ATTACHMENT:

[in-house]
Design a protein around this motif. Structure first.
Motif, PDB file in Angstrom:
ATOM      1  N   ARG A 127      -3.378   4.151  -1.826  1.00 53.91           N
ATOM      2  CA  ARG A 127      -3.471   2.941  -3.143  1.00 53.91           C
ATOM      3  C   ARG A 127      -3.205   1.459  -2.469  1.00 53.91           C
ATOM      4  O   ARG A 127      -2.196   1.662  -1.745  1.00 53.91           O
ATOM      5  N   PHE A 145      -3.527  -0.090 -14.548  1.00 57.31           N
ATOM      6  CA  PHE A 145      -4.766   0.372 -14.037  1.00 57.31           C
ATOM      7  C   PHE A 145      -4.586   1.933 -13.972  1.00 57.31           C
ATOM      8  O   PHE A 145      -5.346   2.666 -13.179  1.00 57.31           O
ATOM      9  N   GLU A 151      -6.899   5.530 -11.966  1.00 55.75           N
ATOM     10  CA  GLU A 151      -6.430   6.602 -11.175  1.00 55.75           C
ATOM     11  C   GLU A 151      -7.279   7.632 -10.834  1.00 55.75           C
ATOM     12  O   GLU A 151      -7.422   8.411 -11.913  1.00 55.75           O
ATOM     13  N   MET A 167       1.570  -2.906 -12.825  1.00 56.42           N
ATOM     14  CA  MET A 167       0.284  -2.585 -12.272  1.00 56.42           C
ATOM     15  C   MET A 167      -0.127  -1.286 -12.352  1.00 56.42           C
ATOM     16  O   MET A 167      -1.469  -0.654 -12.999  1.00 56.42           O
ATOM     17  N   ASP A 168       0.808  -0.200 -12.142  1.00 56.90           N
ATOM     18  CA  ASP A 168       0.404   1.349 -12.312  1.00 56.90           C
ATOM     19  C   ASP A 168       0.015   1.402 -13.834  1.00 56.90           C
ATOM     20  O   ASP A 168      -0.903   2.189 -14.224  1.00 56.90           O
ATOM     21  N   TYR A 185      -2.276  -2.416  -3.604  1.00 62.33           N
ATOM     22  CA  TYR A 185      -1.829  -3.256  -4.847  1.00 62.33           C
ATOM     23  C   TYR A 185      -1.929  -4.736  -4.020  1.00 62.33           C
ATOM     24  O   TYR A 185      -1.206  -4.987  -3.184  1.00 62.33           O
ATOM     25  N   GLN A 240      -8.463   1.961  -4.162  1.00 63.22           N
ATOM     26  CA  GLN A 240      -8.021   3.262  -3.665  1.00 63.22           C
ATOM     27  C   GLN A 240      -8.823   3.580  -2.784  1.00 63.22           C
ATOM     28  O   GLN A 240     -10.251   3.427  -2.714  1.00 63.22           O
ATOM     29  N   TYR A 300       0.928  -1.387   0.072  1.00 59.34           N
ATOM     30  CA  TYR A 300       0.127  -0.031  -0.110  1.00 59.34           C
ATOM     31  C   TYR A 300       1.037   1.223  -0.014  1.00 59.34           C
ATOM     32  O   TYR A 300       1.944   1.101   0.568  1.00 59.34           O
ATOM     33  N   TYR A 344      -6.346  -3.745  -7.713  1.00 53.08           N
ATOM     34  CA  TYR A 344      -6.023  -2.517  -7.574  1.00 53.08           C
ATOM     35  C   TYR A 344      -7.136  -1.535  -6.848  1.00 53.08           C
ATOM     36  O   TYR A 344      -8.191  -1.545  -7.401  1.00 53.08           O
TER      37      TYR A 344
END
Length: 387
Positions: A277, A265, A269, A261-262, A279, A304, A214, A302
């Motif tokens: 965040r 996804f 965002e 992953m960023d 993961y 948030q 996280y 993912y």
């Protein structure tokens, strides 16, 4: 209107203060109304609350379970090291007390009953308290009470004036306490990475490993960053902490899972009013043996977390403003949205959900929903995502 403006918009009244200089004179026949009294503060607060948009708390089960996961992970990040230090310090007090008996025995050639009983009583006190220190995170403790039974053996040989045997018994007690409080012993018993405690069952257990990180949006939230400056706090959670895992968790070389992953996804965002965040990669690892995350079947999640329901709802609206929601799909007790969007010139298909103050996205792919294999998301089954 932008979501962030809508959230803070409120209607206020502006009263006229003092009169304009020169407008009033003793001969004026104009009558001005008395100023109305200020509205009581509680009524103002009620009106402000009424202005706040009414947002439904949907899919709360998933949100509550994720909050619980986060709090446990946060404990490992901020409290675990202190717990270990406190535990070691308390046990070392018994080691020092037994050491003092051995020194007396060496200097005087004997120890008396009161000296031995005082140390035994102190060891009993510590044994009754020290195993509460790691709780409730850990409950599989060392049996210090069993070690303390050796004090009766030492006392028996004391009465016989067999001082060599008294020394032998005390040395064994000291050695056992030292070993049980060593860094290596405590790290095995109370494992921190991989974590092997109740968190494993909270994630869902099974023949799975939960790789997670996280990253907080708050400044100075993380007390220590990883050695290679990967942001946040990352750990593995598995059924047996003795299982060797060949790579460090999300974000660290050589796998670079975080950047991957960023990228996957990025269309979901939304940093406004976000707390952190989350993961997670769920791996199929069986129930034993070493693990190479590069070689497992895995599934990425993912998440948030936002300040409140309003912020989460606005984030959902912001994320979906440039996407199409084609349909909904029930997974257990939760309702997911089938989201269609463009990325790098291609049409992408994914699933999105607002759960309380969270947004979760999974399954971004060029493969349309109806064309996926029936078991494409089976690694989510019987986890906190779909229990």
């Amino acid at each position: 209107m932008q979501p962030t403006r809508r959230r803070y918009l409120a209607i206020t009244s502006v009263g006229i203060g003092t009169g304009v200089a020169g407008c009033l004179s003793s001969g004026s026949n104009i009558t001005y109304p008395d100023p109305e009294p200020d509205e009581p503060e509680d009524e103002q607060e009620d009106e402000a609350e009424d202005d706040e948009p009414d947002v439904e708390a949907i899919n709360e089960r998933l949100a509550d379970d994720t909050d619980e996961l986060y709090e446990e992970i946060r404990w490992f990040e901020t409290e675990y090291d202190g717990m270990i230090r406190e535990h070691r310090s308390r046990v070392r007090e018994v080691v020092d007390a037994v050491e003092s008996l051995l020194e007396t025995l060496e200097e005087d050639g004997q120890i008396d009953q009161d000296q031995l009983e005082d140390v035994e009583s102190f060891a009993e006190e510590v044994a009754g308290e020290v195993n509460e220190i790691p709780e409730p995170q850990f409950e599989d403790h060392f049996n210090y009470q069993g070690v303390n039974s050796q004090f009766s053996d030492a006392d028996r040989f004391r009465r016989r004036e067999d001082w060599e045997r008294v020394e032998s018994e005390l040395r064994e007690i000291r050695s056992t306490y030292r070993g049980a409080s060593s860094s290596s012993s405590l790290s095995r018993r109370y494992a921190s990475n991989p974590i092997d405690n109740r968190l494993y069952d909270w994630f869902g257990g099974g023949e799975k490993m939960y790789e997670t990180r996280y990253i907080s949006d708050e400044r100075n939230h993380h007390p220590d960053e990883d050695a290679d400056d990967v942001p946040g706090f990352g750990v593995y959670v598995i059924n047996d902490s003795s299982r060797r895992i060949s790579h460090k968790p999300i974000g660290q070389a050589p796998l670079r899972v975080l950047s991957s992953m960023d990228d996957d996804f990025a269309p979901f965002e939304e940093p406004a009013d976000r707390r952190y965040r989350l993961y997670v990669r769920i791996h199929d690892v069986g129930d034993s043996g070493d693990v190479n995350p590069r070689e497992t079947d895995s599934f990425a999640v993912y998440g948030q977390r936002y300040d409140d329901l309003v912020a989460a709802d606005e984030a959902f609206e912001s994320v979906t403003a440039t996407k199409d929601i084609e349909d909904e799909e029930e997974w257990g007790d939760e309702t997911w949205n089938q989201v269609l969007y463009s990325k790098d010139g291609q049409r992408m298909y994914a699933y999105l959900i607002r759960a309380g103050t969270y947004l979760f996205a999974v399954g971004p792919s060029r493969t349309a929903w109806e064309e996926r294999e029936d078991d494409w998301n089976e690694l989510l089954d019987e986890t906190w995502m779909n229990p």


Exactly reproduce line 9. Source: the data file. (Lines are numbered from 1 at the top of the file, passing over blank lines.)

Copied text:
ATOM      6  CA  PHE A 145      -4.766   0.372 -14.037  1.00 57.31           C